Sunday, March 20, 2011

RHC: No-Bake Whipped Cream Cheesecake

No-Bake Whipped Cream CheesecakeIt's another free choice week for the Heavenly Cake Bake-along, and I'm getting down to a very short list of unbaked options. I went with the one remaining cheesecake, the perhaps deceptively named No-Bake Whipped Cream Cheesecake with Cherry Coulis. If this brings to mind the "no-bake cheesecake" in a box, you're not in the right universe for either taste or effort. I think I last ate the Jello variety on a camping trip with my older brother about, oh, 30 years ago, when he assured me it would taste great because we were, you know, camping. (He was wrong.) And in terms of effort, the "no bake" part just means you don't have to turn on the oven: there are still 4 components and 4 pages of instructions before you end up with Rose's no-bake cheesecake. And don't get fooled by the phrase "whipped cream cheesecake"--there's no "whipped cream" in it, it's "whipped cream cheese". I was a little dubious about the use of a tub of whipped cream cheese, but the results were marvelous.

I am finding these multi-component cakes more of a struggle to tackle, probably in some combination of cake-of-the-week fatigue and a higher stress level from other stuff than usual. After the bake-along winds up (well, after Marie finishes, because I understand that the Heavenly Cakes baking group will continue) I'll need a long break from recipes that need more than a couple of components, especially if one of them involves beating sugar syrup into egg whites (see below).

No-Bake Whipped Cream CheesecakeI again did a half recipe this week, digging out my little 6" springform pan for the occasion. First up was the graham cracker crust: just crumbs, sugar, salt and butter, mixed and pressed on the bottom and sides of the pan. Then came a custard with gelatin, which means there's no breaks allowed in the rest of the filling preparation, because if you refrigerate the custard it will set up. Two egg yolks of the smaller size I always seem to get made for half the recipe amount (the full recipe needs 3 eggs, so I should have only needed 1-1/2 yolks here). I used vanilla bean paste instead of an actual bean. The custard came together as it should, and then cooled very quickly because of the small amount. It already had a skin when I stirred inthe vanilla, which might have been the start of my later problems.

The next step was beating the whipped cream cheese with the sour cream, then beating in the custard. It wasn't apparent when I had the mixer running, but giving the finished stuff a stir turned up lots of custard-lumps. I got out my small drum sieve and pressed all the cream cheese mixture though it, then gave it all another stir to, I hope, distribute the custard.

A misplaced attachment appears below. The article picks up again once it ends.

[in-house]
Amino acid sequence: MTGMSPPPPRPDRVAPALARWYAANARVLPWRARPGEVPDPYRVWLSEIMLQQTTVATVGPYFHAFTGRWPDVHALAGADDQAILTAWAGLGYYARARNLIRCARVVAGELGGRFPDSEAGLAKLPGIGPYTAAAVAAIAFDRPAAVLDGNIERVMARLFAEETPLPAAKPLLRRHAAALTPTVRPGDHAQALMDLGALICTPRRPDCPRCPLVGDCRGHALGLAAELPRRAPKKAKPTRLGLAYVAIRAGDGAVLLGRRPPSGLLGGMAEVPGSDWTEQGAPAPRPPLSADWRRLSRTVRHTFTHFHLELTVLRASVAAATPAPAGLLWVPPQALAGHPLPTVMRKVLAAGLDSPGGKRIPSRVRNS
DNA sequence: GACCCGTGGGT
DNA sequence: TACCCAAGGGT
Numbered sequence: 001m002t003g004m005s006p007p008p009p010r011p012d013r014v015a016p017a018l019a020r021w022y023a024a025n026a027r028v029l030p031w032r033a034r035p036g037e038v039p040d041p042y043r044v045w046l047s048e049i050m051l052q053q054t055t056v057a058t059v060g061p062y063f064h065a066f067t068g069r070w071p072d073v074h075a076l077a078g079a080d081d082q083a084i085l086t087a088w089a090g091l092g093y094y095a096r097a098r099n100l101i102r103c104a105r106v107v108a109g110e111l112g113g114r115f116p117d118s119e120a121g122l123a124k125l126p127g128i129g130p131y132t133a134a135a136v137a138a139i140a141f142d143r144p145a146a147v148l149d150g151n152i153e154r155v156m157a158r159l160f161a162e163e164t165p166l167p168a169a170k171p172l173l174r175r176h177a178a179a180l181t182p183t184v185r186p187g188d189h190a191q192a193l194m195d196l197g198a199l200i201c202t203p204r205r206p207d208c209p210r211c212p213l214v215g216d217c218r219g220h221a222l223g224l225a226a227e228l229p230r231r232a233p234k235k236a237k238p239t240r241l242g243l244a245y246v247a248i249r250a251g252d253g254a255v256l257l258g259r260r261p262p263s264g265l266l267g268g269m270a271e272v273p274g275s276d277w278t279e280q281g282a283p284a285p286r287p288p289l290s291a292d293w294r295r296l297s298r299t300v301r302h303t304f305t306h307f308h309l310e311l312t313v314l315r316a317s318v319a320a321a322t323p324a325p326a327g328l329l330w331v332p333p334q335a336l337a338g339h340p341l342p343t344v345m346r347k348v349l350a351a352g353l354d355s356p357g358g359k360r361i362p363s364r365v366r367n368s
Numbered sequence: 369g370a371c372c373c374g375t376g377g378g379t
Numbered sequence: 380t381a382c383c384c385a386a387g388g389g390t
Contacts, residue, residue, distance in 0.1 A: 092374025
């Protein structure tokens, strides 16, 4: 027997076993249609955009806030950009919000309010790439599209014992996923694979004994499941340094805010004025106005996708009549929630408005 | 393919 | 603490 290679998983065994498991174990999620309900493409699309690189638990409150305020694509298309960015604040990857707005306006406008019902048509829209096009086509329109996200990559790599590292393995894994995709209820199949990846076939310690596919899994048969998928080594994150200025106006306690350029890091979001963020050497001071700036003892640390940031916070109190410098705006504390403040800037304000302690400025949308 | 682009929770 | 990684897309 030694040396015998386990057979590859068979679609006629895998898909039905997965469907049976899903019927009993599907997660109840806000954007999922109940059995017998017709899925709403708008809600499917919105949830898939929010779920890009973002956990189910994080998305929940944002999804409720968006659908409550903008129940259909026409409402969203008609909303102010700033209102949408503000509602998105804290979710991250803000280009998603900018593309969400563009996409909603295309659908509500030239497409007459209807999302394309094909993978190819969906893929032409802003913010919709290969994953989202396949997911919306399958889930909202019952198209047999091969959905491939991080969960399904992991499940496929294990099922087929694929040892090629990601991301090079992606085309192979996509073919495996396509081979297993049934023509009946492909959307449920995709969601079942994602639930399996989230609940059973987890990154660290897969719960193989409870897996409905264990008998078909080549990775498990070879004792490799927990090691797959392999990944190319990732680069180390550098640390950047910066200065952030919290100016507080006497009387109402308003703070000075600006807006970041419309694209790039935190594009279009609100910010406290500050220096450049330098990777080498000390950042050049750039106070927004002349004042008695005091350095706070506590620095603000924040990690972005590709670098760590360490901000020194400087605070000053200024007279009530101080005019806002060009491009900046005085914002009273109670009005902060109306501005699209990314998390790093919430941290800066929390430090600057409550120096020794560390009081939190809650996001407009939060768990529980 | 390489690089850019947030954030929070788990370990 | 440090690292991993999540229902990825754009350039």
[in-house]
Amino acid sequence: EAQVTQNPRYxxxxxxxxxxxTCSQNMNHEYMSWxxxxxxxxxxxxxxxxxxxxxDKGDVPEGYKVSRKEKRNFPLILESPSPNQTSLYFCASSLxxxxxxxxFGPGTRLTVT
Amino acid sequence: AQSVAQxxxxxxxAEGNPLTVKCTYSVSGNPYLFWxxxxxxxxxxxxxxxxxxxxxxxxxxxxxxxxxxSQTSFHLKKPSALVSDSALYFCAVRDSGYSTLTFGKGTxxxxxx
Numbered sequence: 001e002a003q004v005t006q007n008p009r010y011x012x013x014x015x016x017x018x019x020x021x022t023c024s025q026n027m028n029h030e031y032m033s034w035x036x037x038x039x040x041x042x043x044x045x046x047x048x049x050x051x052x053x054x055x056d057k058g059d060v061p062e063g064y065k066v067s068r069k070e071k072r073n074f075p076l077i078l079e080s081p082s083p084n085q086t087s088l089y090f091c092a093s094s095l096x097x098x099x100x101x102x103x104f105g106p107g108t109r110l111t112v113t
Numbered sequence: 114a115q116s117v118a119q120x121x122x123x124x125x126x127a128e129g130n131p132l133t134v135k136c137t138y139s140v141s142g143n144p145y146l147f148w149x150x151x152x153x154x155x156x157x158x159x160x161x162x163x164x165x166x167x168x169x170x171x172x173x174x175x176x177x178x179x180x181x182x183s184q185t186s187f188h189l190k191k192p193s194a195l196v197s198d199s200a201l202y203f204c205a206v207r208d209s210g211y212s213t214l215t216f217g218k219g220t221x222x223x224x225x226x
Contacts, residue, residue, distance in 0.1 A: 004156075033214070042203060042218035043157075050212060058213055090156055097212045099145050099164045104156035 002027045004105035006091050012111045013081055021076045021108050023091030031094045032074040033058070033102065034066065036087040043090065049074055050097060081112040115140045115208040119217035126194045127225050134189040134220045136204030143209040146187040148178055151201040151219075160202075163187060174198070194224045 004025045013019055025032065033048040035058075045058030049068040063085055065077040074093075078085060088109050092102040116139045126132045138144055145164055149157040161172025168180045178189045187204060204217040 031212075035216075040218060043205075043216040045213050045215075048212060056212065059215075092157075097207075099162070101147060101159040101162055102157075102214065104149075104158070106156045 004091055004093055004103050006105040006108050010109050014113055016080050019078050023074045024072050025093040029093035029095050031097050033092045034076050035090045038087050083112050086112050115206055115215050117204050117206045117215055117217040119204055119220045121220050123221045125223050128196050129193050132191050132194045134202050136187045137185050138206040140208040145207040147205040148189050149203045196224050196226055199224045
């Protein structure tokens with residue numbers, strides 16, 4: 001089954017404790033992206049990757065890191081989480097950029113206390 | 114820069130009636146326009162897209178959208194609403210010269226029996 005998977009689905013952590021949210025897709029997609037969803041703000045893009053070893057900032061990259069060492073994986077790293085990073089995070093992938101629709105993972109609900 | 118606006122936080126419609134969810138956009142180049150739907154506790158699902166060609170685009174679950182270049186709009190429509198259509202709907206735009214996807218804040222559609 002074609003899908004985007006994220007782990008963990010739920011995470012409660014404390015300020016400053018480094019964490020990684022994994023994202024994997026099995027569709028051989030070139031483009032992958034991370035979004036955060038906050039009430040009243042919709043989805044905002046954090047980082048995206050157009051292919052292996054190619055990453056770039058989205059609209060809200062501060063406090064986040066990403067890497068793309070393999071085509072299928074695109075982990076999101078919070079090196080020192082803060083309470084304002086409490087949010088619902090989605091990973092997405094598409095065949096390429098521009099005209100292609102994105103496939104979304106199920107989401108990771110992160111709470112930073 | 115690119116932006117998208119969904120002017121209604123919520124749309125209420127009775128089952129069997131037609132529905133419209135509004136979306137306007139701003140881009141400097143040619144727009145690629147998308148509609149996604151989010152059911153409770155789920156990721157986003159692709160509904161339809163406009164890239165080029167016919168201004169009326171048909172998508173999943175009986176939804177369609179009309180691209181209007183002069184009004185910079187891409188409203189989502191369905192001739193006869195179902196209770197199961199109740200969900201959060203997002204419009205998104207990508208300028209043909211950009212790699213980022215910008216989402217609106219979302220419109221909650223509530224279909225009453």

Then came my unfavorite part: an Italian meringue. I haven't counted how many of these we've done, but my technique is not improving very fast. I had only a little better success in keeping the sugar syrup off the beaters and sides of the bowl this time. I used a handheld mixer because of the small volume--the stand mixer didn't seem like a good option. However, in the end I had a fluffy meringue, just maybe a little less sweet than it was designed due to sugar syrup left stuck to the sides of the bowl.

After the meringue cooled some, it was folded into the custard mixture, poured into the chilled graham cracker crust, and popped into the fridge with a small plate over the top for protection without marring the top the way plastic wrap would. My batter fit just about perfectly in the 6" springform.

For the cherry coulis, I used part of a jar of Trader Joe's Morello cherries, it being the season for cherry blossoms, not fruit. I had to estimate the amount of cherries and juice as the recipe was written to macerate fresh cherries and use the juice that generated. I added a little more thickening at the end because the liquid seemed so thin. My final consistency was still quite runny, so I don't think I overshot that at all. Maybe we're fruit lovers compared to some mythical norm, but I thought the amount was pretty scanty and would up it by half again to get the amount I'd like to serve with each cheesecake piece.

No-Bake Whipped Cream CheesecakeTasting results: I only managed a small sampling in the family. Older niece, hyper from a big win at the high school regional robotics competition, hardly paused from telling her father about the event to eat part of a serving and pronounce it good. Sister-in-law had a bite and loved the extremely light texture. Younger niece, the anti-cheese person, did take a small taste of the cheesecake without the cherry coulis, said "I like it and I don't like it", declined any more, and ate a cherry. (That she liked...) Personally I loved it--it's extremely light textured, not too sweet, and nicely set off by the crust and the coulis. In fact I don't think the cheesecake would do well without the coulis or some other sweet accompaniment. It's probably too much effort unless I someday get the hang of making Italian meringue into an effortless process, but it certainly was good.

The remains of the cheesecake went to the office Monday, and got rave reviews. CW: I think you should be able to eat a whole bowl of this stuff and have it not count--it's so light! BT: This is lovely stuff. CL: It's incredibly light--not heavy and way rich like so many cheesecakes.


  1. it looks lovely and you've changed my mind about this cake. i look forward to trying it when it is too hot to turn the oven on this summer!

  2. I've always wondered why this cheesecake hasn't been more popular for free choice weeks, because I thought it was so good (all the components may have something to do with it).

  3. It looks delicious! My daughter keeps asking me to make this for free choice week and I keep stalling. Very impressive Robitics competition.